too big?

Discussion in 'Cycling Equipment' started by synjen, Aug 11, 2008.

  1. synjen

    synjen New Member

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    i just got cannondale six 13 Dura-Ace given to me it is 56cm im 5ft 8-9in inseem 30-31 is it too big and if so what will be the effects?
     
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  2. daveryanwyoming

    daveryanwyoming Well-Known Member

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    First can you straddle the bike with both feet on the ground and not have to sit on the top tube? If not you could have trouble stopping safely at traffic lights and such. But assuming you have enough standover height the real question is whether the bike is too long for you. Can you comfortably reach the bars when riding on the tops, the brake hoods and in the drops. If not can you get the fit you need with a shorter stem and or shallow drop short reach bars?

    56cm isn't extremely tall for your height and inseam, but I personally prefer smaller frames for the way they feel. I'm 5'10" with a 32" inseam and I ride a 54cm bike with a 135mm stem. I could definitely ride and have ridden 56cm and even 57cm bikes but I like them smaller.

    If you can safely clear the top tube then the bike will probably work for you with a shorter stem and lower saddle height.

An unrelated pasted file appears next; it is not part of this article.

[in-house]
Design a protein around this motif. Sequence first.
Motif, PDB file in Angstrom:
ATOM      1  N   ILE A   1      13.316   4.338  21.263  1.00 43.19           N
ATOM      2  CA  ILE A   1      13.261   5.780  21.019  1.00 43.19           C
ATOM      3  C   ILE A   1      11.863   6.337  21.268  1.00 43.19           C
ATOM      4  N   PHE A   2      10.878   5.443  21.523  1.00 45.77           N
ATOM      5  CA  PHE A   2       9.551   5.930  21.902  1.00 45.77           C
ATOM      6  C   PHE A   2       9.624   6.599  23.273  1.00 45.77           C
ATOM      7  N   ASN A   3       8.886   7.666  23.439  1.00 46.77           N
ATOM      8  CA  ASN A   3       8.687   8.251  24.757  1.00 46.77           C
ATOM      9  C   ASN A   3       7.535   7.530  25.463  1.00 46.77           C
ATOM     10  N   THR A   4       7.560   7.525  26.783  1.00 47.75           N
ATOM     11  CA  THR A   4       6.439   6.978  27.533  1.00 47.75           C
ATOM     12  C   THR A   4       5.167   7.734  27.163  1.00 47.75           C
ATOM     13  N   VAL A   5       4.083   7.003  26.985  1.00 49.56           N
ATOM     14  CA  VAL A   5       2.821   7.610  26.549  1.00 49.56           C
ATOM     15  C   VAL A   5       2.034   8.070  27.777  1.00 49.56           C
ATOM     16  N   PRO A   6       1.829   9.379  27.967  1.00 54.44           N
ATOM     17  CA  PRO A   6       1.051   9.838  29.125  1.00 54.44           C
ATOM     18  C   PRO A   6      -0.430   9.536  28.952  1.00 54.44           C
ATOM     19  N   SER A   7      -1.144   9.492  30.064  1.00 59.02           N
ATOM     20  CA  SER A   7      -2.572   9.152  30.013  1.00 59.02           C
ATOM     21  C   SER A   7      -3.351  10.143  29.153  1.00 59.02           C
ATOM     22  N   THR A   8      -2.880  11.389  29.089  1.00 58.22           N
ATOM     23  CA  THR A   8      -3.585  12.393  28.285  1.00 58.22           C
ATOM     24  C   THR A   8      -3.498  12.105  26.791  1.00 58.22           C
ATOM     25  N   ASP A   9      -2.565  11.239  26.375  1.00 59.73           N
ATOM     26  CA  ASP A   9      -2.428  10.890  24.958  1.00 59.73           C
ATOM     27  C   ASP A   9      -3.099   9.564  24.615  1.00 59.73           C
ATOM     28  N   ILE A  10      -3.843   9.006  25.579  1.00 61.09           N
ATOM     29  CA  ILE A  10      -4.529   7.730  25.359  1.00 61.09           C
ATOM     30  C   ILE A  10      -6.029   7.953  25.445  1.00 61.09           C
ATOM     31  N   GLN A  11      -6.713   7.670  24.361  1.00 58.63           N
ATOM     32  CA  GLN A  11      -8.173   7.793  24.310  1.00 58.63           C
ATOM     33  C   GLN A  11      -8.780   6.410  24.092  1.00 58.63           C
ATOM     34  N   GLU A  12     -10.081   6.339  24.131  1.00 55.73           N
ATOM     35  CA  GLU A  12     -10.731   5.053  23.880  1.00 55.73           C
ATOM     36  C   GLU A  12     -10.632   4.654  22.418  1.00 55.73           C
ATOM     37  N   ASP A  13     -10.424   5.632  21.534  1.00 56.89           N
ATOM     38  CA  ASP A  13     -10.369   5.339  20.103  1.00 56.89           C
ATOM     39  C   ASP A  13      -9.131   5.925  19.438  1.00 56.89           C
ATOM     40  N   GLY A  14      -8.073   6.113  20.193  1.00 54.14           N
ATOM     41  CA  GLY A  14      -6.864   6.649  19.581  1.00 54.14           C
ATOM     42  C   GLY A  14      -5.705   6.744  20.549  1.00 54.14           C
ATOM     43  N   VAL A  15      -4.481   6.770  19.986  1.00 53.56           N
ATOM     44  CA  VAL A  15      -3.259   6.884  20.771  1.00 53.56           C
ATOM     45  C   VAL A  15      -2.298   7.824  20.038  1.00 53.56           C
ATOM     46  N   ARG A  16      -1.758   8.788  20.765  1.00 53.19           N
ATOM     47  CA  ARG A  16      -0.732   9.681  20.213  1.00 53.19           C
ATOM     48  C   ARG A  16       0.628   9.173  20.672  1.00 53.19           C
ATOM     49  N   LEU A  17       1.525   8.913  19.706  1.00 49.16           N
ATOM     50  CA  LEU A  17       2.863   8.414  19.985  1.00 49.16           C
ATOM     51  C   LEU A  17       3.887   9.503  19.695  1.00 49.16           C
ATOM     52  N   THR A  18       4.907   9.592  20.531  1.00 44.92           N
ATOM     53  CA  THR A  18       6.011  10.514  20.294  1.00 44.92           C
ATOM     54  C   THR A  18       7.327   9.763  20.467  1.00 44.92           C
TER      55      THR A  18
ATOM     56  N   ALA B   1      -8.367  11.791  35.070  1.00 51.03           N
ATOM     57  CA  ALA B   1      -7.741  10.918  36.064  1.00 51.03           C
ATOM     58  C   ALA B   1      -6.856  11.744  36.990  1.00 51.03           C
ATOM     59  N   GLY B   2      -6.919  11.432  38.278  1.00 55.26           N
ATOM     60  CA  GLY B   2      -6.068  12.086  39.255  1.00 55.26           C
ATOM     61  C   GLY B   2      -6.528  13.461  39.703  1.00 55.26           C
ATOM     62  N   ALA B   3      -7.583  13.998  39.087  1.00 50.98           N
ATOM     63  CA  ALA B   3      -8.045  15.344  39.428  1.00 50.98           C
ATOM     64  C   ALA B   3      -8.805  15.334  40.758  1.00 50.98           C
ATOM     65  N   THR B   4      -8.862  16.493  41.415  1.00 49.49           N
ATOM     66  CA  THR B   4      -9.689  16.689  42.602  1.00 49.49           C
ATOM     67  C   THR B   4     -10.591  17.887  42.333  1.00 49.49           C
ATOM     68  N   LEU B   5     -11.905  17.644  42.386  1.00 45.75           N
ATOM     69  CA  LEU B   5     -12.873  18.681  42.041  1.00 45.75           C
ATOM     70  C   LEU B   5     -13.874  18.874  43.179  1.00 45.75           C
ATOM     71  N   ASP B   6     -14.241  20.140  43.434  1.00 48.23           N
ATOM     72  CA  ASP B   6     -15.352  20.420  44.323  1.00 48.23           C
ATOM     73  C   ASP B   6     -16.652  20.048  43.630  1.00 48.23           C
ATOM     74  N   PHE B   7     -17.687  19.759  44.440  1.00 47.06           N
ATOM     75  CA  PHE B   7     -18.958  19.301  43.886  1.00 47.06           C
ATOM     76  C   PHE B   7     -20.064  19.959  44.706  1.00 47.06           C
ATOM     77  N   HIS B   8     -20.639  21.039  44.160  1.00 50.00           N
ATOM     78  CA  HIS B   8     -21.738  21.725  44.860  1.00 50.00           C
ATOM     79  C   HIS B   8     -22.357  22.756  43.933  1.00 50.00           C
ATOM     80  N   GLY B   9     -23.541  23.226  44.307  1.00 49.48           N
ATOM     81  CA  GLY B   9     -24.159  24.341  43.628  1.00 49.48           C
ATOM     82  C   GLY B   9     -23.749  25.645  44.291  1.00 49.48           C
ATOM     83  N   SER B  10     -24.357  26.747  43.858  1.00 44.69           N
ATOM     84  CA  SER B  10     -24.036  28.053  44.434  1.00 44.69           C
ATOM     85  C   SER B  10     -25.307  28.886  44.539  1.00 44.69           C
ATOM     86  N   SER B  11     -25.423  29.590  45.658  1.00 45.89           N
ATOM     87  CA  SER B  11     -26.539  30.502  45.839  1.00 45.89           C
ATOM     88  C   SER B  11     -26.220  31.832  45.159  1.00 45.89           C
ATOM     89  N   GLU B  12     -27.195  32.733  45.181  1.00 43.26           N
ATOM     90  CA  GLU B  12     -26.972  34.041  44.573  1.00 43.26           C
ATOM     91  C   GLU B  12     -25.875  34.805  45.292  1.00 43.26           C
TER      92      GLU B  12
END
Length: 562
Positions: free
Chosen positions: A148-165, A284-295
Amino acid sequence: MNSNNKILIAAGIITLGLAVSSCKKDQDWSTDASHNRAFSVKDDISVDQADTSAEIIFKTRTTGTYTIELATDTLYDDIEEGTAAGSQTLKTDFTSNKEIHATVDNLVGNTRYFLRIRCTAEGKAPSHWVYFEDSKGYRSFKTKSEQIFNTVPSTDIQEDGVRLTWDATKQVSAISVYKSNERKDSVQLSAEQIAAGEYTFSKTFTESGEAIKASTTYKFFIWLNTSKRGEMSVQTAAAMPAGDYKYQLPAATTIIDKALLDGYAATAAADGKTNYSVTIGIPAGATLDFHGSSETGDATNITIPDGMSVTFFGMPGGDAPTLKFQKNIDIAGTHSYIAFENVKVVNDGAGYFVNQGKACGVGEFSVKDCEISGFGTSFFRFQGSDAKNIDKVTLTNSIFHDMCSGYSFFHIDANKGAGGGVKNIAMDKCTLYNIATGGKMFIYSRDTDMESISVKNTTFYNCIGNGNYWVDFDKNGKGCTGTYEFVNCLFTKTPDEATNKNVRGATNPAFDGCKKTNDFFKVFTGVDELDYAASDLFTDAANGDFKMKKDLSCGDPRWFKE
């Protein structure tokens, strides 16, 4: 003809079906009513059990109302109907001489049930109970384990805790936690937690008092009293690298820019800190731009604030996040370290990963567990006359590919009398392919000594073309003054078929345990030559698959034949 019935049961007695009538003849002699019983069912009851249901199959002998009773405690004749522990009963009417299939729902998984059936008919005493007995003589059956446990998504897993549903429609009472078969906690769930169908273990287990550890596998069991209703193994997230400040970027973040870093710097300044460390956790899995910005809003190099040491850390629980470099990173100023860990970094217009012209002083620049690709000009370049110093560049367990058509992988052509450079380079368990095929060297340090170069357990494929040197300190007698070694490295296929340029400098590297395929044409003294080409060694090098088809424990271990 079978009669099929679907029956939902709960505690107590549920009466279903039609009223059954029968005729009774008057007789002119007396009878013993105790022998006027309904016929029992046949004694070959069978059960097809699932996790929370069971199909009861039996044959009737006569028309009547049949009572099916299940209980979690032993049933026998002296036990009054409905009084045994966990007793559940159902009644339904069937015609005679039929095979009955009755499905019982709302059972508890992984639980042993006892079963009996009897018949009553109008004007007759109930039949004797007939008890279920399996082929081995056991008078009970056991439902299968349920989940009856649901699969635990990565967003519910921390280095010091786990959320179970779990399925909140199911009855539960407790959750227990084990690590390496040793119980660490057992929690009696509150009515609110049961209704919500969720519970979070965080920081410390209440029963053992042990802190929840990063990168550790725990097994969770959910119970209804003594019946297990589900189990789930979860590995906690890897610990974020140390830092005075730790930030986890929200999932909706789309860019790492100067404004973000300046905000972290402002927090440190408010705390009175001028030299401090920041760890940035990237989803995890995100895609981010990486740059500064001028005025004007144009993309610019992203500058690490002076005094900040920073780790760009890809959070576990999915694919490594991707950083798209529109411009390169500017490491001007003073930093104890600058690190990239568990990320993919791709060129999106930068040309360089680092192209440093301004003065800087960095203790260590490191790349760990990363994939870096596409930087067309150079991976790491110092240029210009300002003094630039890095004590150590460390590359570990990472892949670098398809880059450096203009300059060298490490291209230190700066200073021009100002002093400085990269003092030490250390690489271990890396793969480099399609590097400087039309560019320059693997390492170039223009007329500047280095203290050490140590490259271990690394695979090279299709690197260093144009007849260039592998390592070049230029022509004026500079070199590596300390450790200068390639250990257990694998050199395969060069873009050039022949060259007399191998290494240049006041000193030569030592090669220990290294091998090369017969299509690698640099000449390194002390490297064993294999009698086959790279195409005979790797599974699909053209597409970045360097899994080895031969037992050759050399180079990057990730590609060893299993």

Good luck,
    -Dave
     
  3. synjen

    synjen New Member

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    I can reach the handlebars fairly comfortably. but think it may be the seat position, do you know how to position the seat forwards-backwards.

    Thank You
     
  4. Peter@vecchios

    [email protected] New Member

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    Only way to really tell is have a fit person take a look at you on the bike, in a stationary trainer. Inseam means little with regards to bike size, femur length means lots since it determines proper seat tube angle and proper fore-aft position. If the seattube angle and top tube length is proper, the standover generally takes care of itself but have a fit person take a look, if possible.
     
  5. dgregory57

    dgregory57 New Member

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    First question, are you a racer or a casual rider?

    If a casual rider, you are fine unless something hurts when you ride.
     
  6. synjen

    synjen New Member

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    Im a racer, when i ride it my legs get that tight feeling more easily like wheyour going really hard but im not going hard and my knees get a little soar.
     
  7. dgregory57

    dgregory57 New Member

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    I should have read the initial message... obviously with your style of bike you are more likely to be a racer, but now that is crystal clear.

    If you hurt, racer or casual, you definitely need to adjust something. Whether or not the bike is the wrong size is still not answered.

    Do you still have access to your old bike?

    If so, you should try to get all appropriate measurements to see if you can get the new bike adjusted to be the same as the old bike. This should get you into the right ballpark.